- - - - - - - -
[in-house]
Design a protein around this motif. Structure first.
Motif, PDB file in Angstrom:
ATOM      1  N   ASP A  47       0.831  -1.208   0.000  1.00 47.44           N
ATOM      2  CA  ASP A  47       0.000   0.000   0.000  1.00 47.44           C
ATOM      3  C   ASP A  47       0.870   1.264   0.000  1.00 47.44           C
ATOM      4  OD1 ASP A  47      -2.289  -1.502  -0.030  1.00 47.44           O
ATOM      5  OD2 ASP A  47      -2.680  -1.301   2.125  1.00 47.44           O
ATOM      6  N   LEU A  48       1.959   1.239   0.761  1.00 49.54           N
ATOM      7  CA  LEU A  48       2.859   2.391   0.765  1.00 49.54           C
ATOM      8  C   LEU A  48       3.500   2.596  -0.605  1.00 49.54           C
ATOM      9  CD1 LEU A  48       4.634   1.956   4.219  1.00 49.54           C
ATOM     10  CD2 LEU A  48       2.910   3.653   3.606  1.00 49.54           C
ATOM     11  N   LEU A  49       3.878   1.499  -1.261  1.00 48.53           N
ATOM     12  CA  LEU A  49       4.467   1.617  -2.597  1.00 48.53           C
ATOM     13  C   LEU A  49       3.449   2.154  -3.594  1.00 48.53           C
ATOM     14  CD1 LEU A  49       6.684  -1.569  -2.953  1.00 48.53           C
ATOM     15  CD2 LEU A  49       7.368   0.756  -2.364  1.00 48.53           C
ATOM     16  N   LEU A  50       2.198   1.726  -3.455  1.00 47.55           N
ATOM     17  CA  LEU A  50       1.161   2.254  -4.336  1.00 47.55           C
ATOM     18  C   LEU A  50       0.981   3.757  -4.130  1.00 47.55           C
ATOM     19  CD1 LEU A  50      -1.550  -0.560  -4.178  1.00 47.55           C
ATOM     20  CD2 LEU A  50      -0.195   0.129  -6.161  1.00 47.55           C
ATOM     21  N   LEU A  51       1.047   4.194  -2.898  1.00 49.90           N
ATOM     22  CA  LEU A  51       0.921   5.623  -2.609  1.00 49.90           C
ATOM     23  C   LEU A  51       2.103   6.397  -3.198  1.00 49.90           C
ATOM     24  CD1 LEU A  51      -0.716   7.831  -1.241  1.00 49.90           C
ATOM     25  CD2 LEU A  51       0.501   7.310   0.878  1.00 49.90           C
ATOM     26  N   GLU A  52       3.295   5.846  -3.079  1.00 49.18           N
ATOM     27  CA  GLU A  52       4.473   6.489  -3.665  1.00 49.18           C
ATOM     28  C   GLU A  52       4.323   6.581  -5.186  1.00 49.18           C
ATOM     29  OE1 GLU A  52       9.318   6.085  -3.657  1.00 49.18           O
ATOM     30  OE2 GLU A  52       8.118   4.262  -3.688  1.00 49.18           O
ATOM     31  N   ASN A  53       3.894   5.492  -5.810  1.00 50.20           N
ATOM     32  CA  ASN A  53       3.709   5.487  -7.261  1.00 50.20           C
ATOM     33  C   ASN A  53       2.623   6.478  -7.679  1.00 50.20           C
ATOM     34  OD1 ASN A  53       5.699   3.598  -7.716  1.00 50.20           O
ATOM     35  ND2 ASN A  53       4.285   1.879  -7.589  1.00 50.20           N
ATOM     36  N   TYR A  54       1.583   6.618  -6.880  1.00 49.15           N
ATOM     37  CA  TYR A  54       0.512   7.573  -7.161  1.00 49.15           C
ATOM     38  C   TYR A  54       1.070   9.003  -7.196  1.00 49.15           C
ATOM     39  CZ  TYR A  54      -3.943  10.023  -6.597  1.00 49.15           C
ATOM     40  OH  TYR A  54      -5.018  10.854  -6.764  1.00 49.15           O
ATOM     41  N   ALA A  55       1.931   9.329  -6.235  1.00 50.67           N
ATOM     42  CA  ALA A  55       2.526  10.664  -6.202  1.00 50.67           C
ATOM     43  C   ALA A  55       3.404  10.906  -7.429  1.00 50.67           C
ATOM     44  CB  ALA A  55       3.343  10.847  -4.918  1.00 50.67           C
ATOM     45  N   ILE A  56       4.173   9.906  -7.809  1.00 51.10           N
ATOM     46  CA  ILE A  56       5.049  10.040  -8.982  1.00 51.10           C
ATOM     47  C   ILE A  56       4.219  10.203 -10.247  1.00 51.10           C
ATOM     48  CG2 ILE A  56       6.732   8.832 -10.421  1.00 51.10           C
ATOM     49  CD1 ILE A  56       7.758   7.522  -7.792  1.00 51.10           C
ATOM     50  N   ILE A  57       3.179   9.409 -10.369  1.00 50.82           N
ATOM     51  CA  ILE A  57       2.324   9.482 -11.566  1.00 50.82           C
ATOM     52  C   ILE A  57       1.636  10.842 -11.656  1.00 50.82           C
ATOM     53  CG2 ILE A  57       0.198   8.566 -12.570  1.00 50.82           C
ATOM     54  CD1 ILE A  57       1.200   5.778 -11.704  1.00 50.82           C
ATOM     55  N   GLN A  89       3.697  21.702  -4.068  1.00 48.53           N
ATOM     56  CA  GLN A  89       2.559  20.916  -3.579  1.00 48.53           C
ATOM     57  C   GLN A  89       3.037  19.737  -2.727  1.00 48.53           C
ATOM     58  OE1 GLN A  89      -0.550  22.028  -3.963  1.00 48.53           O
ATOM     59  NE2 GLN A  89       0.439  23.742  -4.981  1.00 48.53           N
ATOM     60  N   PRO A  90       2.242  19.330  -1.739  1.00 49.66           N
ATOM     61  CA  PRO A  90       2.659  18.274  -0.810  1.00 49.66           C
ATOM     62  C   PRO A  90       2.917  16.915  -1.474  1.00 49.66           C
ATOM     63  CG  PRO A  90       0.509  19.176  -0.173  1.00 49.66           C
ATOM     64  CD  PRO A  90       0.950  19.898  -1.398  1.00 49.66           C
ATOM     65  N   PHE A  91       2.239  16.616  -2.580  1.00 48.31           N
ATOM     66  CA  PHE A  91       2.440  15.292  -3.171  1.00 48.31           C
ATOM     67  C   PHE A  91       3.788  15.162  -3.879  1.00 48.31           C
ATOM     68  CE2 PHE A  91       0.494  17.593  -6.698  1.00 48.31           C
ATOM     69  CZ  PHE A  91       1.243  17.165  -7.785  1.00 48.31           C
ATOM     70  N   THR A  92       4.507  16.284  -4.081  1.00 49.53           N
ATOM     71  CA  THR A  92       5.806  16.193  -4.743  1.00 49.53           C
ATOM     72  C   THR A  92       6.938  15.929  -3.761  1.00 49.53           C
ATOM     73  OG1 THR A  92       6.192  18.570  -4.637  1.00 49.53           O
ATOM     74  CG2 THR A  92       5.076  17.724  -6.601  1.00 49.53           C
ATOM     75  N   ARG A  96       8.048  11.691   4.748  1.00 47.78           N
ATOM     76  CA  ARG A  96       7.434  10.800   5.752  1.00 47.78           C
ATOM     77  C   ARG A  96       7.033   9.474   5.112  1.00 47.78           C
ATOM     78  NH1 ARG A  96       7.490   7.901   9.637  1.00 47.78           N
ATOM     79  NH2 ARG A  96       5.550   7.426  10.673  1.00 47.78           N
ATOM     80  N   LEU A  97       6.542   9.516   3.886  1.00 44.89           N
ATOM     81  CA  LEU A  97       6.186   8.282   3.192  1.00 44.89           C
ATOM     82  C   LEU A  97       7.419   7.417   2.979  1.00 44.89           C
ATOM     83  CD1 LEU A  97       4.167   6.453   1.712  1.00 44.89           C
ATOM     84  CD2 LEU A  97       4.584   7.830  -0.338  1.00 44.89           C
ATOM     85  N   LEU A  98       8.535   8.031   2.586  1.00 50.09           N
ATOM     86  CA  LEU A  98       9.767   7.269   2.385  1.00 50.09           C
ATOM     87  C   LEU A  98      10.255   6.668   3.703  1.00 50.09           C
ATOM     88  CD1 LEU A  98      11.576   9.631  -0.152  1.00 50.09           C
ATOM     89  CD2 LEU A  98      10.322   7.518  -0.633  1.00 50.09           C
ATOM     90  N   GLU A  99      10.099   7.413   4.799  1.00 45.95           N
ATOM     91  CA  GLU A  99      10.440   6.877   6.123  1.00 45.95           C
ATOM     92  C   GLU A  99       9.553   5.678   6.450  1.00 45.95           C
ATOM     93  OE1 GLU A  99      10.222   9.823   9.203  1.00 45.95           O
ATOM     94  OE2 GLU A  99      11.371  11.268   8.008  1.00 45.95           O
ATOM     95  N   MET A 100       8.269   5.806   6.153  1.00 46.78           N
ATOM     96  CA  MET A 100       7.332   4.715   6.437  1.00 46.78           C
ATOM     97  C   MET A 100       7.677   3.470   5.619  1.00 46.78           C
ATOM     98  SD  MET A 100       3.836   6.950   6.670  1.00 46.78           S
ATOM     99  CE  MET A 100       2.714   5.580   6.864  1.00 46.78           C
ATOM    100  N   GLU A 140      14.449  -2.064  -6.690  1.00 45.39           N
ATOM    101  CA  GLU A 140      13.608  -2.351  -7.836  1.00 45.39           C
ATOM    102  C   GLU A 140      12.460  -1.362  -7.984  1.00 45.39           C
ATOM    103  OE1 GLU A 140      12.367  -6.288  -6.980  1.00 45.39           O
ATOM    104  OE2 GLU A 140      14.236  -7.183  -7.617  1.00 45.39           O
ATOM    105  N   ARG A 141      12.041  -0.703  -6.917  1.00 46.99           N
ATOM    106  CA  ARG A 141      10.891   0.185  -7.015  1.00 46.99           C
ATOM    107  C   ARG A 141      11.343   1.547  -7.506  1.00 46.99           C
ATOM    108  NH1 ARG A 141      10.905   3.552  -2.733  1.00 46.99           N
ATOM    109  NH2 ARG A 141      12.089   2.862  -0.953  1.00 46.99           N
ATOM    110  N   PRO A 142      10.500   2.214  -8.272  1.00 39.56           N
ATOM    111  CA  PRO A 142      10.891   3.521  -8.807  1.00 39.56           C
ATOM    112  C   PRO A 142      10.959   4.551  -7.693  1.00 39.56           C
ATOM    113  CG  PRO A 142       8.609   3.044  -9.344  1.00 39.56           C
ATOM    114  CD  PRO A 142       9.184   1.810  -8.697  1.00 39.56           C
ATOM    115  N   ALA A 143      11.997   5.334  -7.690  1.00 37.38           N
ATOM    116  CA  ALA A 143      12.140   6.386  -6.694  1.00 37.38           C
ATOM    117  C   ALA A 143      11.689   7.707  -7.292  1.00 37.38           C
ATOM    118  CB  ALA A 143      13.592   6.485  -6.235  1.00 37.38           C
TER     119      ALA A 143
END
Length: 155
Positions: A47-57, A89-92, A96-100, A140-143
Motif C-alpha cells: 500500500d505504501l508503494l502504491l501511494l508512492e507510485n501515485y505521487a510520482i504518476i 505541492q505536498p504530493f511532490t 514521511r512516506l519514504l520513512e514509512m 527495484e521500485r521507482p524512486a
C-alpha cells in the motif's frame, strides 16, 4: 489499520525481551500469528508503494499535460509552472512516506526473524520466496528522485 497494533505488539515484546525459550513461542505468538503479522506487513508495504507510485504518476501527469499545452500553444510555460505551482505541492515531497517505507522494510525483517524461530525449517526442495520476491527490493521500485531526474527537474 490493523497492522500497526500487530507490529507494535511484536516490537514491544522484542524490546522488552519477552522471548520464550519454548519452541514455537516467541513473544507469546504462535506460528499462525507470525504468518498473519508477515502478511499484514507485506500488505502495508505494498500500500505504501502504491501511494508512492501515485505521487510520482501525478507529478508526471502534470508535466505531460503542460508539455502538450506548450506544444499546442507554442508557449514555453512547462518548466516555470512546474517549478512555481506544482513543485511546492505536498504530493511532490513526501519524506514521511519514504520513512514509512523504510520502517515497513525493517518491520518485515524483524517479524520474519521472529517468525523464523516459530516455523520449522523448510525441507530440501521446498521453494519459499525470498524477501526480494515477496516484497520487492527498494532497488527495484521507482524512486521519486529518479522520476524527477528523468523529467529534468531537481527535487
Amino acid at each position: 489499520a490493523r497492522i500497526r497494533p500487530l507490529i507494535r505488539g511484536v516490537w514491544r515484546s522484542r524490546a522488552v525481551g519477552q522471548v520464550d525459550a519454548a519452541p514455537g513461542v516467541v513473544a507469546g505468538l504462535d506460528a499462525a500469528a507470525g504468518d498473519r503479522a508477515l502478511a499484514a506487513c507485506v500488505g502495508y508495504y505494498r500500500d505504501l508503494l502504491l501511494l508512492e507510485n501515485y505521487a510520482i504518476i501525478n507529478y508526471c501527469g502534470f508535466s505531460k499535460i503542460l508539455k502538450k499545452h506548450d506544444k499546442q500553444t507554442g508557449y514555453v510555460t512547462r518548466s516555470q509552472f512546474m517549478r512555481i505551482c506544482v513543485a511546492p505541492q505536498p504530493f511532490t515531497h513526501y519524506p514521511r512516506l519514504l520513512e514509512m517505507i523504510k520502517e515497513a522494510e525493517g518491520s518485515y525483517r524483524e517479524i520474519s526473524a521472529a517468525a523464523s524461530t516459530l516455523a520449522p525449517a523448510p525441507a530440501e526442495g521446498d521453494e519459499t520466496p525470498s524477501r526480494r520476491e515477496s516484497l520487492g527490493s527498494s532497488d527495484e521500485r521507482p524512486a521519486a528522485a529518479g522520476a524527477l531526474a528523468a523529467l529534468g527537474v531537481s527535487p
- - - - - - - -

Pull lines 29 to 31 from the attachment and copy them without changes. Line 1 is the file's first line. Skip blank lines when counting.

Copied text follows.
ATOM     26  N   GLU A  52       3.295   5.846  -3.079  1.00 49.18           N
ATOM     27  CA  GLU A  52       4.473   6.489  -3.665  1.00 49.18           C
ATOM     28  C   GLU A  52       4.323   6.581  -5.186  1.00 49.18           C